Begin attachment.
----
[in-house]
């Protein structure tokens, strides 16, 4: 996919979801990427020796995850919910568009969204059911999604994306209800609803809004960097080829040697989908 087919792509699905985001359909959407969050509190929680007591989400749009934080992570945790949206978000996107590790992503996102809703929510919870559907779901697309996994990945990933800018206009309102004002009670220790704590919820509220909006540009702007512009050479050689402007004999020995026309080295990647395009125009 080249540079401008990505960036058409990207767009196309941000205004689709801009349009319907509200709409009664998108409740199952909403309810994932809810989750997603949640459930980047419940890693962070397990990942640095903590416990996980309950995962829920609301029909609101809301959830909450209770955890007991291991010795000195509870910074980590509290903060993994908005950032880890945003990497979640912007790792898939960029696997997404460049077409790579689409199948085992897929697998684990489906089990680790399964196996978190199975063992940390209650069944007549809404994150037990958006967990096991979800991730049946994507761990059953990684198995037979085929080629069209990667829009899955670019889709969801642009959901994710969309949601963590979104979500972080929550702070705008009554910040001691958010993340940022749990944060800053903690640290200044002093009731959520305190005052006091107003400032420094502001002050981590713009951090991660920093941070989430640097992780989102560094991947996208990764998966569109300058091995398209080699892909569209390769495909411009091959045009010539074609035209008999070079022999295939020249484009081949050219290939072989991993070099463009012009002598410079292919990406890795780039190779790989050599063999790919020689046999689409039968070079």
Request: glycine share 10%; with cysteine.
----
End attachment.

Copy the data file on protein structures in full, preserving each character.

[in-house]
């Protein structure tokens, strides 16, 4: 996919979801990427020796995850919910568009969204059911999604994306209800609803809004960097080829040697989908 087919792509699905985001359909959407969050509190929680007591989400749009934080992570945790949206978000996107590790992503996102809703929510919870559907779901697309996994990945990933800018206009309102004002009670220790704590919820509220909006540009702007512009050479050689402007004999020995026309080295990647395009125009 080249540079401008990505960036058409990207767009196309941000205004689709801009349009319907509200709409009664998108409740199952909403309810994932809810989750997603949640459930980047419940890693962070397990990942640095903590416990996980309950995962829920609301029909609101809301959830909450209770955890007991291991010795000195509870910074980590509290903060993994908005950032880890945003990497979640912007790792898939960029696997997404460049077409790579689409199948085992897929697998684990489906089990680790399964196996978190199975063992940390209650069944007549809404994150037990958006967990096991979800991730049946994507761990059953990684198995037979085929080629069209990667829009899955670019889709969801642009959901994710969309949601963590979104979500972080929550702070705008009554910040001691958010993340940022749990944060800053903690640290200044002093009731959520305190005052006091107003400032420094502001002050981590713009951090991660920093941070989430640097992780989102560094991947996208990764998966569109300058091995398209080699892909569209390769495909411009091959045009010539074609035209008999070079022999295939020249484009081949050219290939072989991993070099463009012009002598410079292919990406890795780039190779790989050599063999790919020689046999689409039968070079």
Request: glycine share 10%; with cysteine.